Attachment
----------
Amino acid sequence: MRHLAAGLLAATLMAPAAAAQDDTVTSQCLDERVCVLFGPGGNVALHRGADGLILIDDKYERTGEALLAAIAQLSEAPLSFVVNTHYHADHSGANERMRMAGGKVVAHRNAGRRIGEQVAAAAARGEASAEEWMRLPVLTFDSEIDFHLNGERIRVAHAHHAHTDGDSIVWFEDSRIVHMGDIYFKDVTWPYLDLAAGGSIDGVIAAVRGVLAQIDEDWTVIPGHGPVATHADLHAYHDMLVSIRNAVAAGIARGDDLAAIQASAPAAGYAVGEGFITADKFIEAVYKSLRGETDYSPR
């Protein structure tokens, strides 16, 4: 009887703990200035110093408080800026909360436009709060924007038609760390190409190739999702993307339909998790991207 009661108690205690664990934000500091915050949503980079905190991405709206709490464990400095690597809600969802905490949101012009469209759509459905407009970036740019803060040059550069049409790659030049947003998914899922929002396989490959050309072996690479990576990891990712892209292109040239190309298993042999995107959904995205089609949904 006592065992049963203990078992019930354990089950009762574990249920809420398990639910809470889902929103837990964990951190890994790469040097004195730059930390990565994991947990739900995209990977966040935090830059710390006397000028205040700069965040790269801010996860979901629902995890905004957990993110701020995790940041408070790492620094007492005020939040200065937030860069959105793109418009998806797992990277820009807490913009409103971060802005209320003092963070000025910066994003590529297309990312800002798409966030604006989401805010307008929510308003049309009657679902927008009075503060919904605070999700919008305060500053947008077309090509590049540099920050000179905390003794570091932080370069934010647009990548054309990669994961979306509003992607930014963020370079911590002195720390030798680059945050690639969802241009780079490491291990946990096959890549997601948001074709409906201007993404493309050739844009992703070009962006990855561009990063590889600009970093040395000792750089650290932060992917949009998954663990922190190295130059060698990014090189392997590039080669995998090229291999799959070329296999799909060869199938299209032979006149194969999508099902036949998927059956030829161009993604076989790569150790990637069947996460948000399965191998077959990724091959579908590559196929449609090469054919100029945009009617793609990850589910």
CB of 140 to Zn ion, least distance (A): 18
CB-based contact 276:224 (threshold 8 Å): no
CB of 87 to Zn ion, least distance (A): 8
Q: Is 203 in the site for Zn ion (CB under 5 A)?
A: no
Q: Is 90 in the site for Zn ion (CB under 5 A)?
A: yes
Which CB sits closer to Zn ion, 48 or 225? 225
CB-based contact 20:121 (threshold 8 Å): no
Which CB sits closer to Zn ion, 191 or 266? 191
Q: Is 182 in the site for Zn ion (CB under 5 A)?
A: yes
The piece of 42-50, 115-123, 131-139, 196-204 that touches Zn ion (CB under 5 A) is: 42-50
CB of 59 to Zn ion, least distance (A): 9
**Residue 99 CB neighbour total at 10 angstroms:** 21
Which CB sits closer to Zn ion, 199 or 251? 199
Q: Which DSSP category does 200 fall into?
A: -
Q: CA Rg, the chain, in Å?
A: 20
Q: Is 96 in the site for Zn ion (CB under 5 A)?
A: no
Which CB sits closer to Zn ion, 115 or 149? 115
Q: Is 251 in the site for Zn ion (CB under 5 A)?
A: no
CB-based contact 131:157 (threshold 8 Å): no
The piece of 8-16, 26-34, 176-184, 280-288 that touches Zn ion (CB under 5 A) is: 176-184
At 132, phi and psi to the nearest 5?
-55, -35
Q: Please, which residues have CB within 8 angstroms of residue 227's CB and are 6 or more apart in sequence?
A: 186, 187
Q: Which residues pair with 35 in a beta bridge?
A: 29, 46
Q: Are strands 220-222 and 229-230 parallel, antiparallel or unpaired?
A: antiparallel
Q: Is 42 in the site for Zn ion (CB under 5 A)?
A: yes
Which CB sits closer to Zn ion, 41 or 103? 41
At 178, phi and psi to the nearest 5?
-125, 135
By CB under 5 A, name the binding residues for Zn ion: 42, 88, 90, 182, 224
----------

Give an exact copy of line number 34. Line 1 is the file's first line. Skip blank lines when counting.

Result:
Q: Which residues pair with 35 in a beta bridge?